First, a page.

New York. The Metropolitan Museum of Art. "From Van Eyck to Bruegel: Early Netherlandish Painting in The Metropolitan Museum of Art," September 22, 1998–February 21, 1999, no. 90 (as by a follower of Bernaert van Orley).
Collection de M. Benito Garriga de Madrid: Tableaux anciens. Hôtel Drouot, Paris. March 24, 1890, p. 19, no. 18, notes that this panel has been attributed to various artists, including Simon Marmion and Albrecht Dürer or his school; sees German influence in the style of the architecture; notes that it was formerly owned by Ramon Gil de la Cuadra, director of the "musée de Madrid".
[Max J.] Friedländer. "Die Leihausstellung der New Gallery in London, Januar–März 1900.—Hauptsächlich niederländische Gemälde des XV. und XVI. Jahrhunderts." Repertorium für Kunstwissenschaft 23 (1900), pp. 255–56, as from about 1520, reminiscent of Mabuse's [Gossart's] early work.
"Aus der Sammlerwelt und vom Kunsthandel." Der Cicerone 4 (1912), p. 246, notes that it was sold by Fischer Galleries, New York, to George Blumenthal.
Stella Rubinstein-Bloch. Catalogue of the Collection of George and Florence Blumenthal. Vol. 1, Paintings—Early Schools. Paris, 1926, pl. 47, as Flemish School of Brussels, about 1520.
Dorothy Miller. Letter to Margaretta Salinger. November 8, 1941, suggests the artist was from the school of Antwerp rather than Brussels, and dates these scenes 1520 at the earliest, and possibly as late as 1530.
Harry B. Wehle and Margaretta Salinger. The Metropolitan Museum of Art: A Catalogue of Early Flemish, Dutch and German Paintings. New York, 1947, pp. 145–46, ill., as by a Follower of Bernaert van Orley, perhaps a miniaturist; date it about 1520.
Erik Larsen. Les primitifs flamands au Musée Metropolitain de New York. Utrecht, 1960, pp. 95–96.
Colin Eisler. "Erik Larsen, Les primitifs flamands au Musée Metropolitain de New York, 1960." Art Bulletin 46 (March 1964), p. 104, notes that Otto Pächt suggested to him several years ago that this "very fine small panel" might well be a work by Dieric Vellert; believes it was part of a larger devotional ensemble.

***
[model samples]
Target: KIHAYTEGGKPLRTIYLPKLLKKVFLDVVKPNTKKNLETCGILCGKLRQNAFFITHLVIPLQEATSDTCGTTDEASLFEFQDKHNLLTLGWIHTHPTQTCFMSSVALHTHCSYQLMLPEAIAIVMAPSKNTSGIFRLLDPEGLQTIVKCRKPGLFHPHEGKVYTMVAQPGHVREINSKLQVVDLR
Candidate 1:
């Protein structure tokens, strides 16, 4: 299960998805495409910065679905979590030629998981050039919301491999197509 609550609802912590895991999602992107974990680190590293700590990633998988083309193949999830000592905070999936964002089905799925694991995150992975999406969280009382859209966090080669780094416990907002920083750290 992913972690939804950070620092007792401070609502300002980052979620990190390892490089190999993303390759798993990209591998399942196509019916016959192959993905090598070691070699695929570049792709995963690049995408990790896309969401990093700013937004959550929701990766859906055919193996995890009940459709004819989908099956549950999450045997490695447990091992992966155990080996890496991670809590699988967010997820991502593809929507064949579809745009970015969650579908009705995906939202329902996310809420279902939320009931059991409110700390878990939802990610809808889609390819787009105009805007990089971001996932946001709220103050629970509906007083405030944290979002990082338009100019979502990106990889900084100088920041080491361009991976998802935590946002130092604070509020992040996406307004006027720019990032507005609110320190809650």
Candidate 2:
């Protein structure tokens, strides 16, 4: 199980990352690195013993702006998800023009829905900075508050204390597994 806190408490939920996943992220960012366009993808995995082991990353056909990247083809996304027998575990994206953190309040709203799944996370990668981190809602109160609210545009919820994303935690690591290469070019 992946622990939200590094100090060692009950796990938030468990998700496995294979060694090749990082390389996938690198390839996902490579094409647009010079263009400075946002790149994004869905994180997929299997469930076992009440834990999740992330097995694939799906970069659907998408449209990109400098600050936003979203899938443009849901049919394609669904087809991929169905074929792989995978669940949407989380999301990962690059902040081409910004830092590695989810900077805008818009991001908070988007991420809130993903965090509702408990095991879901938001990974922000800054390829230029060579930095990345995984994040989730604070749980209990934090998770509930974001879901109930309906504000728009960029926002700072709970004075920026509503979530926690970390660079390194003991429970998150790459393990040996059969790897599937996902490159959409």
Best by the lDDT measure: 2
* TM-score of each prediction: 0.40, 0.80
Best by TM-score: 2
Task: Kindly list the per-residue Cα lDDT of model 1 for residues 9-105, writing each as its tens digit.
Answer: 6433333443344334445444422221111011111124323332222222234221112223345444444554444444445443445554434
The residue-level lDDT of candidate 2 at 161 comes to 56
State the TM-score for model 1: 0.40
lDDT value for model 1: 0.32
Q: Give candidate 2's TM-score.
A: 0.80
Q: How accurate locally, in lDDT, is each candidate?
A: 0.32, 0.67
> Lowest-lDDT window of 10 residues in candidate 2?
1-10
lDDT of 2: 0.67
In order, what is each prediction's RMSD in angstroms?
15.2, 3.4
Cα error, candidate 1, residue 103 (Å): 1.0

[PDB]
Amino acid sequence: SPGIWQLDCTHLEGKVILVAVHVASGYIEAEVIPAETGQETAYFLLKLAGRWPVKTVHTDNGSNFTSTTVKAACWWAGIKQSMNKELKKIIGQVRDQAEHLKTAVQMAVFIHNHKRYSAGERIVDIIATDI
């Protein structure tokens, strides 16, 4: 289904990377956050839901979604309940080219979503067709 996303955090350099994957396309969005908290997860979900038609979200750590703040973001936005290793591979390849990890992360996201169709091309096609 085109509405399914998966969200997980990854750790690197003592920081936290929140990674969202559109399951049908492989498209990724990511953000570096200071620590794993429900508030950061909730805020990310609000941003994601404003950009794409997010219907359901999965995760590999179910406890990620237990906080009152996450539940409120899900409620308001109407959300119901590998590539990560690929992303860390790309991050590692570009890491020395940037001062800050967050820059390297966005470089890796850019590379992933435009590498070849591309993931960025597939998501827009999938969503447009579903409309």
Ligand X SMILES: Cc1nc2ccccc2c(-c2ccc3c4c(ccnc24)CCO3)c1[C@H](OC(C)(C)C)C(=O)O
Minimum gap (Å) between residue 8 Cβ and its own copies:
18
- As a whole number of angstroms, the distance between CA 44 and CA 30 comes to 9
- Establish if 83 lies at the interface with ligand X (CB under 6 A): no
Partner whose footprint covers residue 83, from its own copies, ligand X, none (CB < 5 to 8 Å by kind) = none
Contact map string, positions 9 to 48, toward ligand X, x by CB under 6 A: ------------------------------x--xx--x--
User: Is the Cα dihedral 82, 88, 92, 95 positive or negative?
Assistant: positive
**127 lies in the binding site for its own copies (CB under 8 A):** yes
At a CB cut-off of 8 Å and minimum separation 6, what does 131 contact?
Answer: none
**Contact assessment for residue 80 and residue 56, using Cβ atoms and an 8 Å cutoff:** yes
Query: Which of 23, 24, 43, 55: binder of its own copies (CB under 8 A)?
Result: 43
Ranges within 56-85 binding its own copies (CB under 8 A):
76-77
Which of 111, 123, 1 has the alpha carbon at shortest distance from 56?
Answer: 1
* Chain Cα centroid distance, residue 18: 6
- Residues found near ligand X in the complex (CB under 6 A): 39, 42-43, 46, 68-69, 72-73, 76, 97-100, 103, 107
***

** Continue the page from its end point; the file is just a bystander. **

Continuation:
David Farmer. Rediscovering Cornelis van Coninxloo. 1967 [manuscript in EPD archives, submitted for publication in MMA Journal] pp. 6–7, ascribes to the same hand a Noli Me Tangere (private collection, Switzerland), calling it "a fragment of a companion piece" to our scenes, "probably the upper right corner of another group of four scenes"; ascribes these fragments to Cornelis van Coninxloo the Elder and attributes other works to the artist.
John David Farmer. "Bernard van Orley of Brussels." PhD diss., Princeton University, 1981, pp. 226–32, connects it with the Noli Me Tangere formerly in the collection of Heinz Kisters, Kreuzlingen, and attributes these panels and a group of other works to Cornelis van Coninxloo.
Gemälde und Zeichnungen, 1490–1918. Exh. cat., Galerie Arnoldi-Livie. Munich, 1987, pp. 6–7, ill., mentions our scenes as from the same hand as catalogue no. 3, "Four Scenes from the Passion" attributed to the workshop of van Orley, about 1520 [the subjects are identical to ours, except that the Resurrection is substituted for the Bearing of the Cross].
Maryan W. Ainsworth. "A Meeting of Sacred and Secular Worlds." From Van Eyck to Bruegel: Early Netherlandish Painting in The Metropolitan Museum of Art. Ed. Maryan W. Ainsworth and Keith Christiansen. Exh. cat., The Metropolitan Museum of Art. New York, 1998, pp. 322, 344–46, no. 90, ill. (color), catalogues the panel as by a follower of Bernaert van Orley and, following Farmer [Refs. 1967 and 1981] suggests that it was part of an ensemble including a Noli Me Tangere with the same decorative framing (private collection, Switzerland); attributes four scenes that were in the De Boer collection, Amsterdam, in 1971 [and with Galerie Arnoldi-Livie in 1987, see Refs.] to the same workshop, but not to the same artist; notes the influence of Dürer and places the scenes in the early 1520s after Dürer's 1520–21 trip to the Netherlands; sees stylistic similarities, as Farmer has noted [see Refs. 1976 and 1981], to Cornelis van Coninxloo, in particular his "Parents of the Virgin" (Musées Royaux des Beaux-Arts de Belgique, Brussels).
Violette Doclo. Letter. March 21, 2001, identifies as part of the same altarpiece a panel with an identical border representing Saints Dominic and Peter of Verona in a landscape (art market, Claude Vittet, Paris, 2001), as well as two panels in a private collection, Switzerland; ascribes these panels to the "Master of the Blumenthal Passion," active in Brussels in the first half of the 16th century.
Artist: Design attributed to Bernard van Orley (Netherlandish, Brussels ca. 1492–1541/42 Brussels) or a member of his workshopDate: ca. 1530–35Medium: Wool, silk, silver, silver-gilt thread (20 warps per inch, 8 per cm.)Accession: 14.40.706On view in:Not on view
Artist: Possibly after a design by Bernard van Orley (Netherlandish, Brussels ca. 1492–1541/42 Brussels)Date: ca. 1525–28Medium: Wool, silk (20 warps per inch, 8 per cm.)Accession: 19.172.2On view in:Not on view
Artist: Probably after a design by the Workshop of Bernard van Orley (Netherlandish, Brussels ca. 1492–1541/42 Brussels)Date: ca. 1515Medium: Wool, silk (16-20 warps per inch, 6-8 per cm.)Accession: 53.221.3On view in:Not on view
Artist: Probably after a design by the Workshop of Bernard van Orley (Netherlandish, Brussels ca. 1492–1541/42 Brussels)Date: ca. 1515Medium: Wool, silk (16-20 warps per inch, 6-8 per cm.)Accession: 53.221.1On view in:Not on view
Artist: Probably after a design by the Workshop of Bernard van Orley (Netherlandish, Brussels ca. 1492–1541/42 Brussels)Date: ca. 1515Medium: Wool, silk (16-20 warps per inch, 6-8 per cm.)Accession: 53.221.4On view in:Not on view